Across all abstracts in all years, studies at Intermediate spatial extents have dominated. That is, Local (10–100 km2) studies (28% of all abstracts, 32% when undefined extents are excluded) and Regional (1000–10,000 km2) studies (20% and 24%), with fewer at larger (> 10,000 km2) and fewest at smaller (< 10 km2) spatial extents. This dominance of the Intermediate spatial extent reflects the landscape scale of the UK, with its unusual diversity of landscapes over such scales. Through time there are no clear trends or changes in the spatial extent of studies (as found by Andersen 2008 for studies across the discipline 1987–2005), although Local studies peak in 2014 (59%) which was the year of the Urban-themed conference (Fig. 1e). The large proportion of Local studies in that year then makes sense given the vast majority of urban areas in the UK are smaller than our definition of Local (i.e. ≤ 100 km2; ONS 2017). The smallest extents (micro and mini) have the largest proportions of Biodiversity studies and these are often closely linked to the behavioural scales of the organism under study. However, such smaller extents are not seen in those studies examining Socio-Economic aspects of landscapes. All extents demonstrate consistent proportions of Management and Conservation studies reflecting the importance of that broad topic area as a key driver in the development and application of UK landscape ecology.
The majority of abstracts (65%) did not report the duration of their study. Given the spatial emphasis of most landscape ecology studies this is unsurprising, but in future more detail on the temporal dimension of studies needs to be encouraged. Of those studies that did report a duration, in most years the majority of studies operated over time periods of Years or longer (Fig. 1f). It was also notable that studies of Urban landscapes were over shorter durations (Months and Weeks) when compared with other landscape types.
Across all abstracts reviewed, the most frequent concepts addressed were Land Use/Cover Change (20%), Connectivity/Fragmentation (19%) and Spatial Analysis and Modelling (17%). However, while absent in earlier conferences, Climate Change and Ecosystem Services have become regularly studied in recent years (composing 13% and 37% of conference abstracts since 2010, respectively; Fig. 1g), a pattern that has been observed elsewhere (McIntyre et al. 2013; Wu 2017). In contrast, whereas McIntyre et al. (2013) found that connectivity has been consistently represented at US-IALE conferences and despite a rise in connectivity research as reported by some studies (e.g. in urban contexts, Crooks and Sanjayan 2006; LaPoint et al. 2015, and more generally), the proportional representation of Connectivity/Fragmentation studies has decreased over the past 25 years of ialeUK meetings. This may be explained by the increasing popularity of other concepts (see Other "Concepts" section) and also a much wider knowledge and understanding of fragmentation to the point where it has become ‘mainstream’ in conservation and management, certainly in the case study-type material frequently presented at ialeUK conferences. Studies of Ecosystem Services had the smallest proportion of Empirical studies, the largest proportion of Global extent studies, and fewest Mini and Micro studies.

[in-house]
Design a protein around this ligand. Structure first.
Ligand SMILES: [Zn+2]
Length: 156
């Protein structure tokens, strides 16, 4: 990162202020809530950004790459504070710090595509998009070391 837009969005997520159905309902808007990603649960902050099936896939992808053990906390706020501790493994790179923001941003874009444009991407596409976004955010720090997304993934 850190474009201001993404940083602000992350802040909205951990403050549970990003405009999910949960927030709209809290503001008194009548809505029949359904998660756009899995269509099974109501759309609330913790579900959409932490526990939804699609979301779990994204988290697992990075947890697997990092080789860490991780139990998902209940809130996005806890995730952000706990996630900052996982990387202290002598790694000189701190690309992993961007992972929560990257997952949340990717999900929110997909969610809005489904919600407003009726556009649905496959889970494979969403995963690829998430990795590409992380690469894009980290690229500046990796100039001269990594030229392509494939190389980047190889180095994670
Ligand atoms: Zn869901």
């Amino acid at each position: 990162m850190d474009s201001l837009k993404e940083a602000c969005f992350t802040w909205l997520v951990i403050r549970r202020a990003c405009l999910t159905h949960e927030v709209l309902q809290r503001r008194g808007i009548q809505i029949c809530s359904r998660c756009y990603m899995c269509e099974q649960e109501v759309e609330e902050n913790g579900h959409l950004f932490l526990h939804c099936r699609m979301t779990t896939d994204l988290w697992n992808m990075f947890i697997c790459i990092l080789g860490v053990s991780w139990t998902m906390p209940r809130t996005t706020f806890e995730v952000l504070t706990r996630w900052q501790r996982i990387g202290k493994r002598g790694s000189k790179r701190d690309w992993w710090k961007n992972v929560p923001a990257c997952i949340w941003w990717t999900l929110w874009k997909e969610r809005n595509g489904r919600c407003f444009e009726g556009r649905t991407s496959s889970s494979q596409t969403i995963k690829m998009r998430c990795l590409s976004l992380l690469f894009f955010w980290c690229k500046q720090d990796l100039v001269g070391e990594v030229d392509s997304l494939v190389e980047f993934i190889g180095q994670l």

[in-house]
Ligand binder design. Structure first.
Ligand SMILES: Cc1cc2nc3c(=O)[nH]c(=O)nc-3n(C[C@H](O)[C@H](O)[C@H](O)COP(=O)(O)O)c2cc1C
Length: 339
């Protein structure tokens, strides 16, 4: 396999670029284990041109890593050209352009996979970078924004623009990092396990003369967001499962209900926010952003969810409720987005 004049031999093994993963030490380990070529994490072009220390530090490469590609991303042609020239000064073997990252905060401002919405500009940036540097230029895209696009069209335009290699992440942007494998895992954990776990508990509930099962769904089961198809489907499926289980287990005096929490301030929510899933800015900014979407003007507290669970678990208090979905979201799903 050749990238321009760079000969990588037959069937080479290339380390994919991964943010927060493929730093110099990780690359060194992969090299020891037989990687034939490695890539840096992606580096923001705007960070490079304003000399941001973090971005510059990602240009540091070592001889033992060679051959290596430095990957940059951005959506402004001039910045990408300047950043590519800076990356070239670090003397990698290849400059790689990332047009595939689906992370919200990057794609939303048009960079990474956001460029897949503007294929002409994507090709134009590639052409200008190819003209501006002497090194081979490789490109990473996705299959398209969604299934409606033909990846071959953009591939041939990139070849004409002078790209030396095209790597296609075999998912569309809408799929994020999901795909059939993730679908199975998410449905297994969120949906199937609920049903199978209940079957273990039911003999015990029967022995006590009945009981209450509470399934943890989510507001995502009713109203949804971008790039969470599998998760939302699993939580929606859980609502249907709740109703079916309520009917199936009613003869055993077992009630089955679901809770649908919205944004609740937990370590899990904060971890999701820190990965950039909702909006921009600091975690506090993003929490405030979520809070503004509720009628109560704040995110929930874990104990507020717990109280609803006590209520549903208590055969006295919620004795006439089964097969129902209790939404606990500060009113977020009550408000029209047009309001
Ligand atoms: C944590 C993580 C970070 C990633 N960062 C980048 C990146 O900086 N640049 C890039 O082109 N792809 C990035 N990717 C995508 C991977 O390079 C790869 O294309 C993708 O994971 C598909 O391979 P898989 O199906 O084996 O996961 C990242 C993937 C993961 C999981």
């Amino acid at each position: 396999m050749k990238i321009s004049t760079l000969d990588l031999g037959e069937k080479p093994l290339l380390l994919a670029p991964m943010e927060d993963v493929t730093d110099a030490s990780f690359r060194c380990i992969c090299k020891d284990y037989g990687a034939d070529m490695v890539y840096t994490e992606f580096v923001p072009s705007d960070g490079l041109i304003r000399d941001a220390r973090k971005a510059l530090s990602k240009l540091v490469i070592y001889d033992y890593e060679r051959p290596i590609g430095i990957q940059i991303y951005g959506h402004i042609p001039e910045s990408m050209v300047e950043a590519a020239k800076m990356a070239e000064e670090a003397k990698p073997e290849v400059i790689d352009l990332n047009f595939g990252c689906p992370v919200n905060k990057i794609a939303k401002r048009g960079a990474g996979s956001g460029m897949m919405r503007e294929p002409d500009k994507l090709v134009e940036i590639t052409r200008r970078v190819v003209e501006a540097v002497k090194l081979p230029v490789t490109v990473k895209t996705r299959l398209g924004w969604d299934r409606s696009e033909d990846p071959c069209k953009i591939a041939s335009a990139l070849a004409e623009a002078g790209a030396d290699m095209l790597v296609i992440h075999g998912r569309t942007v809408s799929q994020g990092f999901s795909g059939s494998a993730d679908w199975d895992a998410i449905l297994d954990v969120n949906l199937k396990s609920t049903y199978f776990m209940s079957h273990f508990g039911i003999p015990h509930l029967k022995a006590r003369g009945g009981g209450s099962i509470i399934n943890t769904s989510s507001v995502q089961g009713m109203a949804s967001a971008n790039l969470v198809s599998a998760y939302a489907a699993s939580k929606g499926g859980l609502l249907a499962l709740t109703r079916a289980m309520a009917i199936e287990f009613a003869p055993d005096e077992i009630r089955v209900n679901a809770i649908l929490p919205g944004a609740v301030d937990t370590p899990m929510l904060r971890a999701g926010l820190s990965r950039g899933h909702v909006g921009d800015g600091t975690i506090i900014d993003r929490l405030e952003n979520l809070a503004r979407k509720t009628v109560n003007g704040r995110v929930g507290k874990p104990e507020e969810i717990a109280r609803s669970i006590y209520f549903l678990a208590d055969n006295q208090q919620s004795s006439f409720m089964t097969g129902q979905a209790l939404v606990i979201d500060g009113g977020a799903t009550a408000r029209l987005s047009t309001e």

Of all the work presented at conferences, studies considering Management and Conservation and Biodiversity compose the majority (56%), both comprising relatively large proportions of Connectivity and Fragmentation studies. Studies addressing Biodiversity have generally decreased through time as a proportion of conference contributions, with commensurate increases in Socio-Economic and Planning studies since the mid-2000s (Fig. 1h). This perhaps reflects a move towards concepts such as ecosystem services, scenario visualisation (as captured in Qualitative/Cultural Landscapes categories) and seascapes, as opposed to earlier conferences focused on more biodiversity-weighted themes of species dispersal (1997) or birds (2002). Biodiversity and Management and Conservation studies also have greatest proportions of Empirical methods and lowest proportions of Theoretical approaches. Across the other concepts we considered, Biodiversity studies examined a relatively large proportion of Invertebrates. Despite methods in landscape ecology being strongly relevant, Invasive Pests have been examined very infrequently at ialeUK conferences (considered in only 1% of abstracts). Throughout the concepts we considered, both Micro and Macro studies are not well represented with (as elsewhere) Decadal timescales dominating.